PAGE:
While the hobo spider is very common around and in Oregon homes, there is also no evidence that it is any more aggressive than any other spider. Spiders are well aware that their tiny teeth (fangs) will not protect them from something like an approaching human. Therefore, they rather escape when we approach than attack. And that is true for the hobo spider as well.
You can read more about the hobo spider here:
Common house spiders in Oregon
The giant house spider (Eratigena atrica) is the largest spider in Oregon. Adult females can reach a total leg span of up to 3 inches (75 mm). The giant house spider is the most common spider in and around homes in the Pacific Northwest. It is a close relative and look-alike of the hobo spider and therefore often mis-identified. The giant house spider is a large brown spider and often also confused with the common wolf spider in Oregon.
While the giant house spider, the wolf spider and the hobo spider are the largest spiders often found inside homes, most house spiders in Oregon are smaller and often live among us without us noticing them. Some spiders commonly found inside in Oregon are the gray house spider (Badumna longinqua), an invasive species imported from Australia (harmless, though), false widow spiders (Steatoda), the common house spider (Parasteatoda tepidariorum) as well as jumping spiders. You can scroll through the list below and click on any image or heading to learn more about each spider. Below you can find more images and information about Oregon spiders.
Jumping spiders are small to medium-sized spiders with the ability to jump. They are part of the spider family of Salticidae. There are almost 400 species of jumping spiders in the United States and many of them can also be found in Oregon. Jumping spiders are characterized by their large eyes and are spiders with excellent vision. They are able to clearly focus on nearby objects so that they can perfectly calculate their jumps. The most common jumping spiders in Oregon are the zebra jumping spider, the daring jumping spider and the red-backed jumping spider.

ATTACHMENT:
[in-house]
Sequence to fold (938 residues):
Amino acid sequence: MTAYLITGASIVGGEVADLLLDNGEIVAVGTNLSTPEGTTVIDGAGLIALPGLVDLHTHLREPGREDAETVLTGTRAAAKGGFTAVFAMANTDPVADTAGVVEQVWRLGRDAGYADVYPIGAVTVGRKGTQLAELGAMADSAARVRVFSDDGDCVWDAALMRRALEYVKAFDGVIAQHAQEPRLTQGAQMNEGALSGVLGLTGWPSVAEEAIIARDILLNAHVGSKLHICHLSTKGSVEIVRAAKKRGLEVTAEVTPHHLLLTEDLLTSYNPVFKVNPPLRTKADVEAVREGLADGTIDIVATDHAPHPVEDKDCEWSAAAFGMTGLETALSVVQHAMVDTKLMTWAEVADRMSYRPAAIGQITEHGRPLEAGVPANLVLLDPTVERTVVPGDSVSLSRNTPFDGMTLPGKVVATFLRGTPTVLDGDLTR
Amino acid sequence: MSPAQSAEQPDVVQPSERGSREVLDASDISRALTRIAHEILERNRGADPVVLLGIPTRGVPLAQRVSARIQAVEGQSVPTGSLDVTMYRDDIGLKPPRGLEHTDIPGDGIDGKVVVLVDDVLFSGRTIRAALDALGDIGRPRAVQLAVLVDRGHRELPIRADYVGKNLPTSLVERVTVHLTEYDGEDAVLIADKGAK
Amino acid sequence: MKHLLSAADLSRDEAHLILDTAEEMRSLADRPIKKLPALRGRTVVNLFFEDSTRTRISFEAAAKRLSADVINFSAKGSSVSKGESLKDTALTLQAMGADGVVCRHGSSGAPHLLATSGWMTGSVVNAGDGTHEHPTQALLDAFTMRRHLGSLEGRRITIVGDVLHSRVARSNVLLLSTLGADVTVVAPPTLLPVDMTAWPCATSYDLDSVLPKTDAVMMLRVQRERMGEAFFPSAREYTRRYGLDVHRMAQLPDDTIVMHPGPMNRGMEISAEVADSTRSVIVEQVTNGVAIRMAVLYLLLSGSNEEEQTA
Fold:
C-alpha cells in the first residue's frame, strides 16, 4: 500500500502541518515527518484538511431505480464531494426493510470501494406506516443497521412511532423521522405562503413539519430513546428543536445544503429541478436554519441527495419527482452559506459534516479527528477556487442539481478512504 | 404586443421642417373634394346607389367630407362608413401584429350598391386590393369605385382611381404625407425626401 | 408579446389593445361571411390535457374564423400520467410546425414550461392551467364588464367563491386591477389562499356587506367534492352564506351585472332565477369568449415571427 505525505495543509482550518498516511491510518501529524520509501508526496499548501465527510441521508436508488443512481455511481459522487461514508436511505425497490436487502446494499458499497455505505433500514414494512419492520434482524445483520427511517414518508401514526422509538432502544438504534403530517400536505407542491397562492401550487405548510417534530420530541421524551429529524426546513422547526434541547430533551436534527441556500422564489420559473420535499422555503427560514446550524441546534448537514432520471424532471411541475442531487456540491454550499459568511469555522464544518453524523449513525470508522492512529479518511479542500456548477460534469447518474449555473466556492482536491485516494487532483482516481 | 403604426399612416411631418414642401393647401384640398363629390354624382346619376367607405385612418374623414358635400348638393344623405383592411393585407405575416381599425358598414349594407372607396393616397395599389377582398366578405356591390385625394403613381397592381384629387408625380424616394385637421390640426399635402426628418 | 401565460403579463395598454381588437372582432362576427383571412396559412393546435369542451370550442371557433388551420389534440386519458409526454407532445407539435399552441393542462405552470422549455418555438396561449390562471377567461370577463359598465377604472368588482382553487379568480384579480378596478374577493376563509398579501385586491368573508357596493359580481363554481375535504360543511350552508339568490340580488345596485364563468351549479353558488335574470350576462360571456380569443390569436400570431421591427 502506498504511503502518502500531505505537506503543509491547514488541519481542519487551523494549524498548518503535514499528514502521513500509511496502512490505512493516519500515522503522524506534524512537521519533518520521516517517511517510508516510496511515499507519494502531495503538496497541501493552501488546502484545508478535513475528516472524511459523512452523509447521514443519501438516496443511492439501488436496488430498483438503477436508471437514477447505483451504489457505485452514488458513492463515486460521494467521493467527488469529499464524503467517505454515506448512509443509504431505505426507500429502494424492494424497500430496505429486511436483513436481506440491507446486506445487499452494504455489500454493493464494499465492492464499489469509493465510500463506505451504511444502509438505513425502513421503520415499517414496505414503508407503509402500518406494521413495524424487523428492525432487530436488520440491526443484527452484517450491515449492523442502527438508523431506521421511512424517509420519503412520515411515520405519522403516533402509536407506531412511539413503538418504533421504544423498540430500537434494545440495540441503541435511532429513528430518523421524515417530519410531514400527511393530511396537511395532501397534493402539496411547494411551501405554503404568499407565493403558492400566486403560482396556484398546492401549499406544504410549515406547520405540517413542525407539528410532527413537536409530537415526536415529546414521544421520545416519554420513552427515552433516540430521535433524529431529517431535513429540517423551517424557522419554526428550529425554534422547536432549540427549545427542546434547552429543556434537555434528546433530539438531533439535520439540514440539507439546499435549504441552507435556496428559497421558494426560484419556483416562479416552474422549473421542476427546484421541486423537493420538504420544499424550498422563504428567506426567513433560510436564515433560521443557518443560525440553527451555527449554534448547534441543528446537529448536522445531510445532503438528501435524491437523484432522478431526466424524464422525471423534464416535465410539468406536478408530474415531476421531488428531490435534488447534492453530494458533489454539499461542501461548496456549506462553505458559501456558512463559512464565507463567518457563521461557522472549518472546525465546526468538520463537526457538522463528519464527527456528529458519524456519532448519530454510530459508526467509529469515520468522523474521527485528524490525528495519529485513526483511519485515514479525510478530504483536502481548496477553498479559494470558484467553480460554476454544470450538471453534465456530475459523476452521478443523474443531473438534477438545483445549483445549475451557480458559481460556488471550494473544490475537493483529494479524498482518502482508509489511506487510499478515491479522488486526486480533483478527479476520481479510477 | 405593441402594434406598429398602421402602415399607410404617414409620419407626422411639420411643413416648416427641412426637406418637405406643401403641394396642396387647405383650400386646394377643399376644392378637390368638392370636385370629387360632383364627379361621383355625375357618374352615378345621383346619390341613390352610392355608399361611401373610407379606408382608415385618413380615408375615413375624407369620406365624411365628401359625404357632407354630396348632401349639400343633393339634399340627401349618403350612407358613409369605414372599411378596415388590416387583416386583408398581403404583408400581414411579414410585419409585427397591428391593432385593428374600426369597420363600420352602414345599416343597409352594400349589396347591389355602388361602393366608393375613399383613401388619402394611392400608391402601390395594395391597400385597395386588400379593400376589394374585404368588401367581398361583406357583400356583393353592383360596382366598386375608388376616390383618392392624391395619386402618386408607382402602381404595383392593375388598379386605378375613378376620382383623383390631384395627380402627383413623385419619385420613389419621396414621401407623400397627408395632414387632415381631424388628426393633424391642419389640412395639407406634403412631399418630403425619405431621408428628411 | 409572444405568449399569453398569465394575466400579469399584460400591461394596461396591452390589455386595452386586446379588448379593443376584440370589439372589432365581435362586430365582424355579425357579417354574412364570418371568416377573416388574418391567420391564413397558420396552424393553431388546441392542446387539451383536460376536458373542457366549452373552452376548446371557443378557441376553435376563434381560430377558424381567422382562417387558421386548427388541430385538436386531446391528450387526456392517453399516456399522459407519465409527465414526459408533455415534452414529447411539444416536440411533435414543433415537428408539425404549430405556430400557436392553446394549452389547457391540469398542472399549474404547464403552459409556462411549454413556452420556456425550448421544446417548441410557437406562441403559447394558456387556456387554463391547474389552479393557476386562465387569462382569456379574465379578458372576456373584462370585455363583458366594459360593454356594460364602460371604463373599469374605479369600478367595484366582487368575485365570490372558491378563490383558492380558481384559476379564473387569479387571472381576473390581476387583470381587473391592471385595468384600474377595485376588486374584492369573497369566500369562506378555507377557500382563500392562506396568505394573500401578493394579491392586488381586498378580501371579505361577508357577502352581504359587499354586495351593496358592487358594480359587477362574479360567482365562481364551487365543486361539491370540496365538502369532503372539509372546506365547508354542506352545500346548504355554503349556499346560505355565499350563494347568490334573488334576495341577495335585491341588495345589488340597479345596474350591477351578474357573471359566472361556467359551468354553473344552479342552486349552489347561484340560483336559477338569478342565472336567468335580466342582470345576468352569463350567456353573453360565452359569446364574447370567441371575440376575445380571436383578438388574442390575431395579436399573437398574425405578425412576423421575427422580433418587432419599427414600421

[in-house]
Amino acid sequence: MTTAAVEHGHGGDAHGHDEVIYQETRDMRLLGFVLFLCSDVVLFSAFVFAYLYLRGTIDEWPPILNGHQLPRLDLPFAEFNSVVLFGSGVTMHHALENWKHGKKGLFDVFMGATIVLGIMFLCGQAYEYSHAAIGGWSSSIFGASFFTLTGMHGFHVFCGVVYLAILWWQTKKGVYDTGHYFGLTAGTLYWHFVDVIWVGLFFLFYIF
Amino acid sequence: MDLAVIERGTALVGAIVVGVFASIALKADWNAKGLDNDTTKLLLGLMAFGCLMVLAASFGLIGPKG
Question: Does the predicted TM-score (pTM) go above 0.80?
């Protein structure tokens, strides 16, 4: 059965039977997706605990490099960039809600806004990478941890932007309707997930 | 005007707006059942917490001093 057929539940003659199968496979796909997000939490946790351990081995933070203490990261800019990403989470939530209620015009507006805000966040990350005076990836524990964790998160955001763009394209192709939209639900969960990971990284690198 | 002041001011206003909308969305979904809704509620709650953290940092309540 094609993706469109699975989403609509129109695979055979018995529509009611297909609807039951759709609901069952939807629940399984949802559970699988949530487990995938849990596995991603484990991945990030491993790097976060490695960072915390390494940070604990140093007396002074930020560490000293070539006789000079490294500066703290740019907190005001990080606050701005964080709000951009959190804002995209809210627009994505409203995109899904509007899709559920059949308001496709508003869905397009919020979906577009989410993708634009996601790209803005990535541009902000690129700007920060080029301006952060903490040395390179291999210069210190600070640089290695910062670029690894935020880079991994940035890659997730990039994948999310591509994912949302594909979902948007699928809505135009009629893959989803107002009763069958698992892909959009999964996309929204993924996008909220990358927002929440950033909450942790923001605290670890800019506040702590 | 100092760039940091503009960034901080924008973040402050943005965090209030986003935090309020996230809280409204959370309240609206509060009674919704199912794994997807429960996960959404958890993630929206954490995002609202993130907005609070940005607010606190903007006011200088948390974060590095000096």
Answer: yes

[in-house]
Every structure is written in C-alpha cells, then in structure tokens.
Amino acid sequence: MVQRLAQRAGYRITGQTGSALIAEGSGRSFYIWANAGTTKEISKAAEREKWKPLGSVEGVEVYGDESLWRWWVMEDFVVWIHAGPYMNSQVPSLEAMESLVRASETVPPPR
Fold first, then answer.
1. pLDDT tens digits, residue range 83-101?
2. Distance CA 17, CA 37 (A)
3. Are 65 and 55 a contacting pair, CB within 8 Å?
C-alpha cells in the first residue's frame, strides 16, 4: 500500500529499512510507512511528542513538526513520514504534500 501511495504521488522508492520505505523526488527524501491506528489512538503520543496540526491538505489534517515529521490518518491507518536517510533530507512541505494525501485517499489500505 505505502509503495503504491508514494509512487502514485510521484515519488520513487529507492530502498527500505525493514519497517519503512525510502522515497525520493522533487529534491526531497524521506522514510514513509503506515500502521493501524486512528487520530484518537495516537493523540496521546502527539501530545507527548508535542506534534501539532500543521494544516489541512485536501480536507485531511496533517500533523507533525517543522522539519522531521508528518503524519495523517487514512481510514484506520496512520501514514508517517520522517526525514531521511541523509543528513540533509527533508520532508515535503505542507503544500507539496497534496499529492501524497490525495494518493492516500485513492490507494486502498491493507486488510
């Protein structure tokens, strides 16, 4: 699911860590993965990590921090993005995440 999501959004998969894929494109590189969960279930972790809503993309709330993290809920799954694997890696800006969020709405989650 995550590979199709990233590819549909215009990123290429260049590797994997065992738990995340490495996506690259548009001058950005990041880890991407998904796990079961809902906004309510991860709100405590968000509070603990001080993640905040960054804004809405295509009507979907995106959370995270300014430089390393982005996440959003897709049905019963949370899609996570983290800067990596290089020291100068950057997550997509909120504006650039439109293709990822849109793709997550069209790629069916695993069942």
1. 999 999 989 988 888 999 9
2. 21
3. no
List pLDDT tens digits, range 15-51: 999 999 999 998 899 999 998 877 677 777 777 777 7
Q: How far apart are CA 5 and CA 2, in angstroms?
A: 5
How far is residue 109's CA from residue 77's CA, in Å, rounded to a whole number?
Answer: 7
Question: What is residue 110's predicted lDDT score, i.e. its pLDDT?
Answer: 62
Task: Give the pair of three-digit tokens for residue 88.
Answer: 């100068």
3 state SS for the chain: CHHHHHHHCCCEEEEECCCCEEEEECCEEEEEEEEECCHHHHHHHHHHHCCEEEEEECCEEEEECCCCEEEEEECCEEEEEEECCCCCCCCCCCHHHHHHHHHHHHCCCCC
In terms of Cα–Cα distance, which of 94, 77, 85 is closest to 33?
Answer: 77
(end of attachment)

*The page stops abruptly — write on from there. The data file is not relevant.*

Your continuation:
Common Garden spiders and orb weavers found in Oregon
Especially in autumn, the gardens fill up with green, yellow, white and red spiders in Oregon. Some of them spin large orb-shaped webs to catch flying insects. These are orb weaver spiders. Other common garden spiders are crab spiders.
Other common spiders in Oregon
Large spiders found in Oregon are huntsman spiders, mouse spiders, which are found in eastern, central and southern Oregon as well as fishing spiders (Dolomedes sp.). Check out the images here to identify your spider and click to learn more:
Spider Identification Oregon
If you have found a spider in Oregon that is not on our list, or that you could not identify, check out our spider identification tool. Just answer a few questions and the tool will give you a few recommendations what spider you could be looking at. If that doesn’t help either, just submit a comment with a picture of your spider on our spider identification page and we will do our best to identify the Oregon spider for you – for free, of course. Check out the spider identification tool now.